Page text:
Simulated patient care is a relatively new, yet already popular method of allowing nursing students to gain valuable clinical skills, especially when clinical sites may be sparse. It is also a safe way to train competent nurses, without putting patients at risk. An evidence based handbook for nursing has a chapter entitled "Enhancing Patient Safety in Nursing Education Through Patient Simulation" written by two University of North Carolina nursing instructors, which outlines the role simulator based clinical experiences play in patient safety and nursing education. For a detailed example of what a simulator based clinical experience is like, you can read the here (NCBI, 2013).
Accelerated BSN Program Curriculum in North Carolina
Common courses in an accelerated BSN program include:
- Pharmacology I and II
- Principles, Theories and Practice of Nursing
- Advanced Chemistry
- Legal Issues in Nursing
- Community Health Issues
- Nursing Leadership and Professional Development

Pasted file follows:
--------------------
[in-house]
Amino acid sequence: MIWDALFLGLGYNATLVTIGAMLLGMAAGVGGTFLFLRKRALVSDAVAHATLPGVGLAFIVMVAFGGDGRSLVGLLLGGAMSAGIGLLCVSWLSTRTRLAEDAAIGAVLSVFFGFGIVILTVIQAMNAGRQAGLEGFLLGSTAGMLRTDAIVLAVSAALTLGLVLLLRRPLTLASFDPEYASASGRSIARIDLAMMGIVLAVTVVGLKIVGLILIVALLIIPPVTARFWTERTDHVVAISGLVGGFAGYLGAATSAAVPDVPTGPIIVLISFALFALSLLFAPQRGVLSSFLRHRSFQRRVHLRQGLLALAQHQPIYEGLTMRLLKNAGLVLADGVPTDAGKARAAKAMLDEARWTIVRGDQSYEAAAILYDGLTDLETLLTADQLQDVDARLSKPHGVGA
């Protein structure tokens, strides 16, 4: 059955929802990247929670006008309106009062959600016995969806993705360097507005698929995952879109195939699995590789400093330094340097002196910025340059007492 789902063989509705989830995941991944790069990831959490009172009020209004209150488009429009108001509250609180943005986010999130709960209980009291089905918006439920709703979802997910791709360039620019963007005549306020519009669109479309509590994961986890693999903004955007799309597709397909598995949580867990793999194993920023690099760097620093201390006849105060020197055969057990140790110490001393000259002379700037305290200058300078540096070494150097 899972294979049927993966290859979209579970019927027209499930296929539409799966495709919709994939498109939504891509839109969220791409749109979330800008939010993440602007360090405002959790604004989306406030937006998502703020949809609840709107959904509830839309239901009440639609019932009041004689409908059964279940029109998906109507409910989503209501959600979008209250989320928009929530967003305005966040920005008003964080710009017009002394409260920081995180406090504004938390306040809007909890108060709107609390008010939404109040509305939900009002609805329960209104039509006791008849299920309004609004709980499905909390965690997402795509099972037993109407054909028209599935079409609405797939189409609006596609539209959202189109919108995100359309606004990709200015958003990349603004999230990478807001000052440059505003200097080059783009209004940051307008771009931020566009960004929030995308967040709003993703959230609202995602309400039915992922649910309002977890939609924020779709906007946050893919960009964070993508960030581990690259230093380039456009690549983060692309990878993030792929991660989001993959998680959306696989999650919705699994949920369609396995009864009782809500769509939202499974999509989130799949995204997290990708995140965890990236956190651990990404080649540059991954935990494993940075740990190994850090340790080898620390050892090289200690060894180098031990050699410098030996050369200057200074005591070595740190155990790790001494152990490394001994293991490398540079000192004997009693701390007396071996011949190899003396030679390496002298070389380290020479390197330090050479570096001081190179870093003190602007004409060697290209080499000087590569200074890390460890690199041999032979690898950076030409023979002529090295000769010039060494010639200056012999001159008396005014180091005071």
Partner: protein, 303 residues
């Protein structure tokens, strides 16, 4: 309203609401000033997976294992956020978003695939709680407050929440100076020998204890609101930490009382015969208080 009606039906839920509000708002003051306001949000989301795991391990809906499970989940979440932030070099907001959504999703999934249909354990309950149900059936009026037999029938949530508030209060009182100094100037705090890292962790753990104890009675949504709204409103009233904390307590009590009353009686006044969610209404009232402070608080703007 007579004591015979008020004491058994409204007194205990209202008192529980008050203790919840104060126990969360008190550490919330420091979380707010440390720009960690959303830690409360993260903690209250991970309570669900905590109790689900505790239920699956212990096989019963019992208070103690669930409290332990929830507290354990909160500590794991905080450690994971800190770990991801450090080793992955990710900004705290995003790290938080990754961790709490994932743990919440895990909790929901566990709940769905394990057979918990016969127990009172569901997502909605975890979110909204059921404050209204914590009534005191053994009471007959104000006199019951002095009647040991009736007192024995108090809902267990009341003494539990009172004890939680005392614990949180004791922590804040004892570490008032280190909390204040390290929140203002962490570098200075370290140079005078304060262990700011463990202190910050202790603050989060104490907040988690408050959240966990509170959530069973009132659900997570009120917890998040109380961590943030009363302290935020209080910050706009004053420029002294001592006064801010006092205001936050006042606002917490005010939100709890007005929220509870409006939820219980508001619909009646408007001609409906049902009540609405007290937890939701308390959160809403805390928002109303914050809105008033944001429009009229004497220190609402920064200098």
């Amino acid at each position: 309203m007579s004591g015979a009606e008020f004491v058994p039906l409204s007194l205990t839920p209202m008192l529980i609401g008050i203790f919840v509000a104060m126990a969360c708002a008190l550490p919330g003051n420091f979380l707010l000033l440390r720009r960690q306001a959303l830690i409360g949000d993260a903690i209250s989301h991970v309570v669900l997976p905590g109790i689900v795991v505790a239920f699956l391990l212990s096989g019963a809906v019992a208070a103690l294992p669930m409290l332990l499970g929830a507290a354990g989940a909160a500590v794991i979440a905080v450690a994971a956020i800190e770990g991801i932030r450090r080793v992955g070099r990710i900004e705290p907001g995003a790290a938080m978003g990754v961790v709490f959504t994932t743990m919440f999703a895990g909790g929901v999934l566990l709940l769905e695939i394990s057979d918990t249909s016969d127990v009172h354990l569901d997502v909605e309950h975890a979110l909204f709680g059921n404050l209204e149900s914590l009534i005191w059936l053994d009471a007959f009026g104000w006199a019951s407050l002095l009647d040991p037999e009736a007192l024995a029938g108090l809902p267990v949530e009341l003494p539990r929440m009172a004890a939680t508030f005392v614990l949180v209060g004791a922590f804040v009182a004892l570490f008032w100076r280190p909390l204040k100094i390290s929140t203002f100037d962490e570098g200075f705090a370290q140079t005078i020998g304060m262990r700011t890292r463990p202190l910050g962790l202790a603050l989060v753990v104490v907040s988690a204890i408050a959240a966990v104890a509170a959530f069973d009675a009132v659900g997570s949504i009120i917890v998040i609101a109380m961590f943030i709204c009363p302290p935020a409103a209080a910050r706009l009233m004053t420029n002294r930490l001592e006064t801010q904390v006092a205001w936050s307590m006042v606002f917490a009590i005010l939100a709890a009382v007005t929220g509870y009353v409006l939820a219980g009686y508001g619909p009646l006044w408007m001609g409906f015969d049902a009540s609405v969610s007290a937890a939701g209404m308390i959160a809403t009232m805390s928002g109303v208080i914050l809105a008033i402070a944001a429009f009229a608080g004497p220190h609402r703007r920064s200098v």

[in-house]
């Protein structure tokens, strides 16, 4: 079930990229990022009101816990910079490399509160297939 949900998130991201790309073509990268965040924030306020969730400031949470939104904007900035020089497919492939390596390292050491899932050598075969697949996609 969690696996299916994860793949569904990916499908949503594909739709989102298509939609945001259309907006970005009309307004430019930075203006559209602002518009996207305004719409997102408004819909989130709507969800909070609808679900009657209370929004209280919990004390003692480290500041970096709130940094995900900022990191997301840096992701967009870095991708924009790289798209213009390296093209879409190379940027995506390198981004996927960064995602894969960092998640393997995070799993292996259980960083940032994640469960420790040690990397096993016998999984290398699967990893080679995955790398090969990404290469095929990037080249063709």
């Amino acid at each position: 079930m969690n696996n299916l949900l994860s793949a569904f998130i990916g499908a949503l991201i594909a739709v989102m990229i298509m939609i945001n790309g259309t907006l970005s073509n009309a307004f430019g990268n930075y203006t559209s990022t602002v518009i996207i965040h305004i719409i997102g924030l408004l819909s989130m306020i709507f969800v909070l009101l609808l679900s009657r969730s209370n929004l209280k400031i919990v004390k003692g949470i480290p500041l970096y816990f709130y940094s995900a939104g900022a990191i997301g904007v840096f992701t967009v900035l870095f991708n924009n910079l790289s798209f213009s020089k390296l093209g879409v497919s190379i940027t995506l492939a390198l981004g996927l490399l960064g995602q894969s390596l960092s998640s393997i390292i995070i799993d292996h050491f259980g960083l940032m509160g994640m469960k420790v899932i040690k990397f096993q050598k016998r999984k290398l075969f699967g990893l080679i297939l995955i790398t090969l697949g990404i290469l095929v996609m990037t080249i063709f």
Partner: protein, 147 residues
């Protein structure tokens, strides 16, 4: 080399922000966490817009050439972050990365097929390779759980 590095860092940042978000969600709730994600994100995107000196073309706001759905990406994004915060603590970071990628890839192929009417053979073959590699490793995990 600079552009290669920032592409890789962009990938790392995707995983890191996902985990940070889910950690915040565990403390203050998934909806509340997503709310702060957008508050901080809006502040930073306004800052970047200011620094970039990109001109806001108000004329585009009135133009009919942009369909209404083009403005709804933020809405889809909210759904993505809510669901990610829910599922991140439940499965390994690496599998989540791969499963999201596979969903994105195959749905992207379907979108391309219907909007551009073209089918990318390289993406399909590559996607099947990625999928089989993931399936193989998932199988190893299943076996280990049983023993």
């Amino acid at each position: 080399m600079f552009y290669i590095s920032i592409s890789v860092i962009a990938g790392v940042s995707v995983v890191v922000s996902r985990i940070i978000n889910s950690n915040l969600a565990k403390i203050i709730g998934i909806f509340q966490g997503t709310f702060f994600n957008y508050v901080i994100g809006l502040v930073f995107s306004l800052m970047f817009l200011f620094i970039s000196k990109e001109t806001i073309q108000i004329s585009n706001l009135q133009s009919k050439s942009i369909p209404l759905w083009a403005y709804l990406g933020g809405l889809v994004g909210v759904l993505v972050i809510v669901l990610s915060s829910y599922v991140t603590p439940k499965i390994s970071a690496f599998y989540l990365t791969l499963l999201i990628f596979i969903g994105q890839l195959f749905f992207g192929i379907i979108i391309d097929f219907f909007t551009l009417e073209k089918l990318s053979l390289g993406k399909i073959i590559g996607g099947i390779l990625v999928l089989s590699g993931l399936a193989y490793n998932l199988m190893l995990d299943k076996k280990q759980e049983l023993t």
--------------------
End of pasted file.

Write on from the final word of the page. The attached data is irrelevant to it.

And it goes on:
Upon completing the accelerated BSN program, all aspiring nurses in North Carolina must pass the NCLEX exam for state licensure. It’s an in-depth and comprehensive exam, and most colleges and universities offer excellent workshops and classes for preparation. After completing the program and passing the NCLEX, you can become licensed as a Registered Nurse in North Carolina.
Career Outlook, Job Opportunities and Salary
The career outlook for nurses is quite encouraging in North Carolina. There have been considerable efforts made on the part of many organizations in the state, to plan for, and create, a nursing workforce that can continue to meet the needs of state residents. Erin Fraher and Cheryl Jones proposed five recommendations for implementation that could result in system-wide nursing workforce success.